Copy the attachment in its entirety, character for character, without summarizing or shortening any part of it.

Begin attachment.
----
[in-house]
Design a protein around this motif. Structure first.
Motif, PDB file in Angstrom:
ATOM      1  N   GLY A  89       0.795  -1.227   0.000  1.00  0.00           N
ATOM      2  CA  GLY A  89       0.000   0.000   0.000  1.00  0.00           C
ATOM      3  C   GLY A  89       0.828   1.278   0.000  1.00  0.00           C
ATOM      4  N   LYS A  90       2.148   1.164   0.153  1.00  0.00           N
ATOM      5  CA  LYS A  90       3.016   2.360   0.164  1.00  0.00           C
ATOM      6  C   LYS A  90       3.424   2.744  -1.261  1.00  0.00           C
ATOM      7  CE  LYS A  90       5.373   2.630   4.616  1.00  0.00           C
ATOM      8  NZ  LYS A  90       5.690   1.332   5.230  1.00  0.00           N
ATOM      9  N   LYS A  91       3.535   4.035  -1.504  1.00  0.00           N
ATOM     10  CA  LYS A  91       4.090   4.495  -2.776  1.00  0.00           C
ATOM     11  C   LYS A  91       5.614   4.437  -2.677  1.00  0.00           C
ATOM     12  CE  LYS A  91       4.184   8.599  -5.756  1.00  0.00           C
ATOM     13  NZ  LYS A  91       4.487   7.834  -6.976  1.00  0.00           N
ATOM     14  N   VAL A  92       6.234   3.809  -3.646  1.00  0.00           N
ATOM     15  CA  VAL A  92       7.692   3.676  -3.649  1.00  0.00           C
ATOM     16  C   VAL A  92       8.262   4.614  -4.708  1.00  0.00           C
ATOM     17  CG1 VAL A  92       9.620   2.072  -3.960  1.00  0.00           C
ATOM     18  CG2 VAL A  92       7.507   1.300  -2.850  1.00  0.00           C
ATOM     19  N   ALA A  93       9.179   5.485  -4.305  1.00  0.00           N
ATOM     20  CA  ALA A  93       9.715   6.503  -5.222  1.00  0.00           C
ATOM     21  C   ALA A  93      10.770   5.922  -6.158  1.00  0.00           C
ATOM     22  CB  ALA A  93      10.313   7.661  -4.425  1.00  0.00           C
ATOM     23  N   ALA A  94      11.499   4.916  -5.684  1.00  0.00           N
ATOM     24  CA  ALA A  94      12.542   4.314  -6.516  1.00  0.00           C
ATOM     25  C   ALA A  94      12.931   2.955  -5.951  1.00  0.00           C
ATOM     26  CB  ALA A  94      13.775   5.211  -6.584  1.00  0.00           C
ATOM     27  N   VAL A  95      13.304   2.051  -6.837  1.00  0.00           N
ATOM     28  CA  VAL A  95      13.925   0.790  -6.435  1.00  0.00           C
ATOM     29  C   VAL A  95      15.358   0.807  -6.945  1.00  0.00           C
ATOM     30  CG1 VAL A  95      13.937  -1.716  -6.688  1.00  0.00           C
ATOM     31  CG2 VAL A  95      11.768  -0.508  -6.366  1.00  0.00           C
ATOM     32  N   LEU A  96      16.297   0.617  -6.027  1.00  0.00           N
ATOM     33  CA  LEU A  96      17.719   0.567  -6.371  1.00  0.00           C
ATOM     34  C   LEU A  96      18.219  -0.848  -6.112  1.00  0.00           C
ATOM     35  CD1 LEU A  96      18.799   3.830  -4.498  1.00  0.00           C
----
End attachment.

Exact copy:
[in-house]
Design a protein around this motif. Structure first.
Motif, PDB file in Angstrom:
ATOM      1  N   GLY A  89       0.795  -1.227   0.000  1.00  0.00           N
ATOM      2  CA  GLY A  89       0.000   0.000   0.000  1.00  0.00           C
ATOM      3  C   GLY A  89       0.828   1.278   0.000  1.00  0.00           C
ATOM      4  N   LYS A  90       2.148   1.164   0.153  1.00  0.00           N
ATOM      5  CA  LYS A  90       3.016   2.360   0.164  1.00  0.00           C
ATOM      6  C   LYS A  90       3.424   2.744  -1.261  1.00  0.00           C
ATOM      7  CE  LYS A  90       5.373   2.630   4.616  1.00  0.00           C
ATOM      8  NZ  LYS A  90       5.690   1.332   5.230  1.00  0.00           N
ATOM      9  N   LYS A  91       3.535   4.035  -1.504  1.00  0.00           N
ATOM     10  CA  LYS A  91       4.090   4.495  -2.776  1.00  0.00           C
ATOM     11  C   LYS A  91       5.614   4.437  -2.677  1.00  0.00           C
ATOM     12  CE  LYS A  91       4.184   8.599  -5.756  1.00  0.00           C
ATOM     13  NZ  LYS A  91       4.487   7.834  -6.976  1.00  0.00           N
ATOM     14  N   VAL A  92       6.234   3.809  -3.646  1.00  0.00           N
ATOM     15  CA  VAL A  92       7.692   3.676  -3.649  1.00  0.00           C
ATOM     16  C   VAL A  92       8.262   4.614  -4.708  1.00  0.00           C
ATOM     17  CG1 VAL A  92       9.620   2.072  -3.960  1.00  0.00           C
ATOM     18  CG2 VAL A  92       7.507   1.300  -2.850  1.00  0.00           C
ATOM     19  N   ALA A  93       9.179   5.485  -4.305  1.00  0.00           N
ATOM     20  CA  ALA A  93       9.715   6.503  -5.222  1.00  0.00           C
ATOM     21  C   ALA A  93      10.770   5.922  -6.158  1.00  0.00           C
ATOM     22  CB  ALA A  93      10.313   7.661  -4.425  1.00  0.00           C
ATOM     23  N   ALA A  94      11.499   4.916  -5.684  1.00  0.00           N
ATOM     24  CA  ALA A  94      12.542   4.314  -6.516  1.00  0.00           C
ATOM     25  C   ALA A  94      12.931   2.955  -5.951  1.00  0.00           C
ATOM     26  CB  ALA A  94      13.775   5.211  -6.584  1.00  0.00           C
ATOM     27  N   VAL A  95      13.304   2.051  -6.837  1.00  0.00           N
ATOM     28  CA  VAL A  95      13.925   0.790  -6.435  1.00  0.00           C
ATOM     29  C   VAL A  95      15.358   0.807  -6.945  1.00  0.00           C
ATOM     30  CG1 VAL A  95      13.937  -1.716  -6.688  1.00  0.00           C
ATOM     31  CG2 VAL A  95      11.768  -0.508  -6.366  1.00  0.00           C
ATOM     32  N   LEU A  96      16.297   0.617  -6.027  1.00  0.00           N
ATOM     33  CA  LEU A  96      17.719   0.567  -6.371  1.00  0.00           C
ATOM     34  C   LEU A  96      18.219  -0.848  -6.112  1.00  0.00           C
ATOM     35  CD1 LEU A  96      18.799   3.830  -4.498  1.00  0.00           C